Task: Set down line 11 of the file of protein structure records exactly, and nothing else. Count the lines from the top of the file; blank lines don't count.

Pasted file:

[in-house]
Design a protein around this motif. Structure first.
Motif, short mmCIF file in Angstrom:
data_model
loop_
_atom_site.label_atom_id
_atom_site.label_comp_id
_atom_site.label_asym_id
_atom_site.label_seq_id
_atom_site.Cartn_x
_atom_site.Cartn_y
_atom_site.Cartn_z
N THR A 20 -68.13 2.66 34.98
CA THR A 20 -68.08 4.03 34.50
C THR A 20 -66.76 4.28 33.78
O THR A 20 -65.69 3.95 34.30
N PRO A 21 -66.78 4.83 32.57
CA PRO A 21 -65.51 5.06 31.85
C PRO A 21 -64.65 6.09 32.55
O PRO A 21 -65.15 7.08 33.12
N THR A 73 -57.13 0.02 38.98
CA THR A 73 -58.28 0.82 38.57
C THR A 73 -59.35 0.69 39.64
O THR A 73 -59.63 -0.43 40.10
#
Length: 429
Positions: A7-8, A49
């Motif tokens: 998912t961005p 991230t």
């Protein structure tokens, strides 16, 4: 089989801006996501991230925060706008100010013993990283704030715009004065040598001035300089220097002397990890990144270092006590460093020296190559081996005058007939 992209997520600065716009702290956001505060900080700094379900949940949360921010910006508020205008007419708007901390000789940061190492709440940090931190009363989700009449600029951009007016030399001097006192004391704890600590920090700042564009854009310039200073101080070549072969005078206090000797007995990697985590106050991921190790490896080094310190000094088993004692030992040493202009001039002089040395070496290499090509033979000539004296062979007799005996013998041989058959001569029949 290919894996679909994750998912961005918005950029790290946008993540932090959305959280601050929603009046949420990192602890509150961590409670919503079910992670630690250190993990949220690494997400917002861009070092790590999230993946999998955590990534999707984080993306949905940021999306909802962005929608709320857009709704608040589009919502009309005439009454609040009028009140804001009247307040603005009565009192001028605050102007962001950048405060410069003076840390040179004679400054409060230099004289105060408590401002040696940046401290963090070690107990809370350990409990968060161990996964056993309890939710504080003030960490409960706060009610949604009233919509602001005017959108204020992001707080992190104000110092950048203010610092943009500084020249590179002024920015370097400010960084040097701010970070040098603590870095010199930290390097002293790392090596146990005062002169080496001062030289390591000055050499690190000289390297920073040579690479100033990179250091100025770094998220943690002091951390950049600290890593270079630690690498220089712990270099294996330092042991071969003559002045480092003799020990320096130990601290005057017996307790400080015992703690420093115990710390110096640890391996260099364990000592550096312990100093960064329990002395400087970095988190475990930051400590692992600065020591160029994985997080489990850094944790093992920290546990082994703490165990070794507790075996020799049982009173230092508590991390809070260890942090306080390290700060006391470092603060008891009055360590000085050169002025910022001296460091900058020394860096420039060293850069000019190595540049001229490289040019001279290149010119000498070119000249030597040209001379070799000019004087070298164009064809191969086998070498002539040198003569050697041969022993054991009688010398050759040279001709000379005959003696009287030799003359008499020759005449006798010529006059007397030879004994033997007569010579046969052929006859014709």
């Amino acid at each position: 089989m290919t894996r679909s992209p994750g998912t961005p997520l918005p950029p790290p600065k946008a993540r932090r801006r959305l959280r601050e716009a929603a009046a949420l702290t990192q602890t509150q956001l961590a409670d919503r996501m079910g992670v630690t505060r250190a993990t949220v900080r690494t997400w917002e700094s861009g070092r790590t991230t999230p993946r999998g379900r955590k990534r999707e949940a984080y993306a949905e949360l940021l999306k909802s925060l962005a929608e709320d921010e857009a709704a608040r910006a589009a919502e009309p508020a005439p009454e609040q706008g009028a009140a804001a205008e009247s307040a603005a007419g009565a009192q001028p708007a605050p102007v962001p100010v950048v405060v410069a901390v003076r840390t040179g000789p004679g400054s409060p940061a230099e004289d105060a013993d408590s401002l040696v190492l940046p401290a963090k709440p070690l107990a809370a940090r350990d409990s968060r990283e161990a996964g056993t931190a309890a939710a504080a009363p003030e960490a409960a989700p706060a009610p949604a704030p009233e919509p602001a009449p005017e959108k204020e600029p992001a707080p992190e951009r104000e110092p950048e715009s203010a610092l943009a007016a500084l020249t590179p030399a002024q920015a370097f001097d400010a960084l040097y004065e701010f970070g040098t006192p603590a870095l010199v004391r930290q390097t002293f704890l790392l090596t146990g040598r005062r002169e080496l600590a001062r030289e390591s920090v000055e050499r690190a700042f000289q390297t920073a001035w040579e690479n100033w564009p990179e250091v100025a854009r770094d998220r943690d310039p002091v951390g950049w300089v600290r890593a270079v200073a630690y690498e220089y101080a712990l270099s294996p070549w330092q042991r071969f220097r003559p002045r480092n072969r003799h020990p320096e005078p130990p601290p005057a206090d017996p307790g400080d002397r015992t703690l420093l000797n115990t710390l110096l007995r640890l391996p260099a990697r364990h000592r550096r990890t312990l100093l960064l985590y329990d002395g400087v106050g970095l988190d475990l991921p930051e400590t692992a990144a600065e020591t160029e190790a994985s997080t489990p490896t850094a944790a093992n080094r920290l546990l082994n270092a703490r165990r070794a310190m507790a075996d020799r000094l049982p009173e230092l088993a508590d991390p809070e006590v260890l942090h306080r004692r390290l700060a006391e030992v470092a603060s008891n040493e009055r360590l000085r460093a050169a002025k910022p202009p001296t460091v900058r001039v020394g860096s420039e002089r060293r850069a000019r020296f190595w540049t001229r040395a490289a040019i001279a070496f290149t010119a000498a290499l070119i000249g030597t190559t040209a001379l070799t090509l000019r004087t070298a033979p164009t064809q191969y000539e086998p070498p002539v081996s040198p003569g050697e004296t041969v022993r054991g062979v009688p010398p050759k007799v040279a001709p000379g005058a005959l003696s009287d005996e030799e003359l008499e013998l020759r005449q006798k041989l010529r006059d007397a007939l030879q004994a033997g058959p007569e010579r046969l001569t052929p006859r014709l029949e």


_atom_site.Cartn_y